science superstition religion 1992

December 2, 1992
Larry Calloway, Albuquerque Journal (

Dear Mr. Calloway:

As you pointed out in your column yesterday, there are federal (as well as state and tribal) environmental laws against pothunting **. These secular sanctions need to be publicized better.

It is incorrect, however, to state as you did, that the supernatural sanctions which seem to apply to those who behave without respect toward those who came before, ancestral Pueblo people, are “superstitions.” It is further incorrect to suggest, though many do, that the spiritual or supernatural realm is anti-Science.

Religion and Science are two ways of knowing the world. Science is appropriate for knowing natural phenomenon while religion is appropriate for knowing supernatural phenomenon. The world, the environment —within which people act and of which people are an essential part since the time of knowing —cannot itself be holistically learned of without the complementary epistemologies of Science and Sprituality.

Science cannot be good Science (done well) without relying in part on the knowledge of experts, especially Science of complex, non-linear dynamic systems (i.e., people and their cultural, physical, biological environment) nor by ignoring an entire realm of acting phenomena. The way to that realm is Spritiual.

Thus, Science done well cannot know the world by itself, in the absence of the Spritiual. Science and Spiritual can’t be antagonists or opposites. They are complements. And knowledge is never ignorance (superstition).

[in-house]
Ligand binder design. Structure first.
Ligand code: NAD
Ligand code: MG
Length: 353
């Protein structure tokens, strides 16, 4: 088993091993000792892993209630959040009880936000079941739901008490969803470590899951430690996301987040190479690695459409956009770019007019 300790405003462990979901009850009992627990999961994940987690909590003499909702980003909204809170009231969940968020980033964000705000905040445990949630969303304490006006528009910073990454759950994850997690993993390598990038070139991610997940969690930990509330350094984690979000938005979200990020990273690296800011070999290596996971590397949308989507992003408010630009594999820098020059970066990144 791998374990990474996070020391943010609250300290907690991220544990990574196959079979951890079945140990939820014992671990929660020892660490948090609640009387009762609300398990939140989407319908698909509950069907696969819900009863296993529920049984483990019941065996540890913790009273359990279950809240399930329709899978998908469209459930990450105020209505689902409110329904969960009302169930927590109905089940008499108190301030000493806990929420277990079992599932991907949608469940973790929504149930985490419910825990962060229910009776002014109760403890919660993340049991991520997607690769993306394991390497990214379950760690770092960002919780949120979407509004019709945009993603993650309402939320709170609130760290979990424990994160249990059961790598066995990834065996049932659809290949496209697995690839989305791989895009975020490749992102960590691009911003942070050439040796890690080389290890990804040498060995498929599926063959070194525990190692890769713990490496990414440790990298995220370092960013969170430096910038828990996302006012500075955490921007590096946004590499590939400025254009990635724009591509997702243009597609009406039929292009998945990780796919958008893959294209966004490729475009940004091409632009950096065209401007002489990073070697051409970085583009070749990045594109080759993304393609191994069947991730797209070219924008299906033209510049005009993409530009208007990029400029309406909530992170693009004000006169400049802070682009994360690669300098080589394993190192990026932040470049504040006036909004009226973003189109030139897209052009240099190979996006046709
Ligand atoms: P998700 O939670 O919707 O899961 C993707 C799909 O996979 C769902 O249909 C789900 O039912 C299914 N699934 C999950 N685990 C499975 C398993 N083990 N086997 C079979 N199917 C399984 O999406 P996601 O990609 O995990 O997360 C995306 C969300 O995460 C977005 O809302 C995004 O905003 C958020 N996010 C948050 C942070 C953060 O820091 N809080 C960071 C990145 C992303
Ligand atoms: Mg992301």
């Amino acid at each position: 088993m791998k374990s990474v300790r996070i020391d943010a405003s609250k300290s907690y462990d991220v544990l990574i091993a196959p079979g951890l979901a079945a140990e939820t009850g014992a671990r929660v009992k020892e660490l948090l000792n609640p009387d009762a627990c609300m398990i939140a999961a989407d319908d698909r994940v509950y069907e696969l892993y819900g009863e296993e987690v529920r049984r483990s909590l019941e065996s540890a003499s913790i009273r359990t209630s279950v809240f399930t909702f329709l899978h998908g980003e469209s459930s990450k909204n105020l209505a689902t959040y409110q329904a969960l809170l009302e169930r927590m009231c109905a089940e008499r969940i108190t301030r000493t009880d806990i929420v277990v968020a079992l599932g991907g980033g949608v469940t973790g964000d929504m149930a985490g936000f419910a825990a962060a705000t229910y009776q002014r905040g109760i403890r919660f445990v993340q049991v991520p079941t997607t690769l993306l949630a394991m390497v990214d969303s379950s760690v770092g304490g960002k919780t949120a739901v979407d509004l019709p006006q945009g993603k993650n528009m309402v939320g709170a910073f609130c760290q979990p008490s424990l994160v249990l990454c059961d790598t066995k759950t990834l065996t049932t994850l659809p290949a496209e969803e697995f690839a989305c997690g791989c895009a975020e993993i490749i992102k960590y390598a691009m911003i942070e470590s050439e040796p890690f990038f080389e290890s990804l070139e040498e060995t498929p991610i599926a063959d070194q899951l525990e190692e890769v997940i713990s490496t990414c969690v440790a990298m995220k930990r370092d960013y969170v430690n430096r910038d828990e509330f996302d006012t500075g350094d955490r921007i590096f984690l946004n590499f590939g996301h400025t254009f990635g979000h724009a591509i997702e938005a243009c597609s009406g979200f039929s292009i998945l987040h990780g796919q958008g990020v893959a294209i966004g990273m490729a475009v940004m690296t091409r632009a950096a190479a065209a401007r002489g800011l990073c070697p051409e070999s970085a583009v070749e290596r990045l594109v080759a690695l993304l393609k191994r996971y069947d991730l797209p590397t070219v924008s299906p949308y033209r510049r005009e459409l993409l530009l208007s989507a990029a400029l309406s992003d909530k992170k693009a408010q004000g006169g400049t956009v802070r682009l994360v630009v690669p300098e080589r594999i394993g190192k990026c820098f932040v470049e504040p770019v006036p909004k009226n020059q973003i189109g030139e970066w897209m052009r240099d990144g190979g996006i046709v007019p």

from Calloway’s column

MORE WEIRDNESS: The lead story in the current issue of High Country News begins with a similar letter. After picking up some pottery pieces at Chaco Canyon, a young man wrote, he pulled his shoulder while wind surfing, had his Southwest books drenched by a malfunctioning washing machine and started having fights at work.

Another, last June, returned Chaco pot shards with this confession: “The guilt has been a great punishment and it feels good to return the artifacts. Incidentally, I would have returned the items to the park the day we left, but we had two flat tires about 20 miles south of the park.”

Without an exact location where they were taken, the fragments are of little archaeological value. But the letters have been posted, too, at Chaco Culture National Historical Park as warnings.

The implicit message from our government here is superstitious.

Steal a shard and the Gods will get you. The government message goes against Science (unless guilt psychology is a science).

Still, government is always supporting Science. It’s a major activity of government to support Science and its industrial, agricultural, medical and military applications.

Superstition is largely ignored. It is a victim of discrimination. It is homeless. Superstition needs a program. Superstition needs a federal grant.

** pothunting

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One response to “science superstition religion 1992

  1. The week of 2006july03, Native America Calling had a caller who mentioned the story about Chaco Canyon and pilfered artifacts.